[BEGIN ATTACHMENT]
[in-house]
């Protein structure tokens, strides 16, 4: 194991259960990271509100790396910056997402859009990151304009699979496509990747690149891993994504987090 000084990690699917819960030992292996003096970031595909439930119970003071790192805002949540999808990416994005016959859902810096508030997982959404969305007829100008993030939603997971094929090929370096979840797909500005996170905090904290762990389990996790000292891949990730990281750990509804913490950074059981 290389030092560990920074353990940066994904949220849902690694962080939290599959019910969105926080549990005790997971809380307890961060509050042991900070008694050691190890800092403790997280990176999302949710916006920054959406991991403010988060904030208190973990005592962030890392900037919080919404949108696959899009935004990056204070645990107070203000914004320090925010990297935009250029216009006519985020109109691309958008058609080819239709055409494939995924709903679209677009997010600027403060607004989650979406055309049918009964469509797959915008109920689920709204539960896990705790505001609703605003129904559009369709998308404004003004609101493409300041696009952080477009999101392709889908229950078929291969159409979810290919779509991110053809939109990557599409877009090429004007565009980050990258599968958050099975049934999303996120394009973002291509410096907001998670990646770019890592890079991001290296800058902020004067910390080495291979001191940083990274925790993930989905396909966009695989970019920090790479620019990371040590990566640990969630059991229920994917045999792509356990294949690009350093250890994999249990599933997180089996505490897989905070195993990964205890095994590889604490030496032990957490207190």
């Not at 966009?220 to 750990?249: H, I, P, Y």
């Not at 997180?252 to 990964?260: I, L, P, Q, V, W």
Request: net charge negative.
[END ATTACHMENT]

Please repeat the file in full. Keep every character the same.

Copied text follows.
[in-house]
């Protein structure tokens, strides 16, 4: 194991259960990271509100790396910056997402859009990151304009699979496509990747690149891993994504987090 000084990690699917819960030992292996003096970031595909439930119970003071790192805002949540999808990416994005016959859902810096508030997982959404969305007829100008993030939603997971094929090929370096979840797909500005996170905090904290762990389990996790000292891949990730990281750990509804913490950074059981 290389030092560990920074353990940066994904949220849902690694962080939290599959019910969105926080549990005790997971809380307890961060509050042991900070008694050691190890800092403790997280990176999302949710916006920054959406991991403010988060904030208190973990005592962030890392900037919080919404949108696959899009935004990056204070645990107070203000914004320090925010990297935009250029216009006519985020109109691309958008058609080819239709055409494939995924709903679209677009997010600027403060607004989650979406055309049918009964469509797959915008109920689920709204539960896990705790505001609703605003129904559009369709998308404004003004609101493409300041696009952080477009999101392709889908229950078929291969159409979810290919779509991110053809939109990557599409877009090429004007565009980050990258599968958050099975049934999303996120394009973002291509410096907001998670990646770019890592890079991001290296800058902020004067910390080495291979001191940083990274925790993930989905396909966009695989970019920090790479620019990371040590990566640990969630059991229920994917045999792509356990294949690009350093250890994999249990599933997180089996505490897989905070195993990964205890095994590889604490030496032990957490207190």
């Not at 966009?220 to 750990?249: H, I, P, Y």
């Not at 997180?252 to 990964?260: I, L, P, Q, V, W």
Request: net charge negative.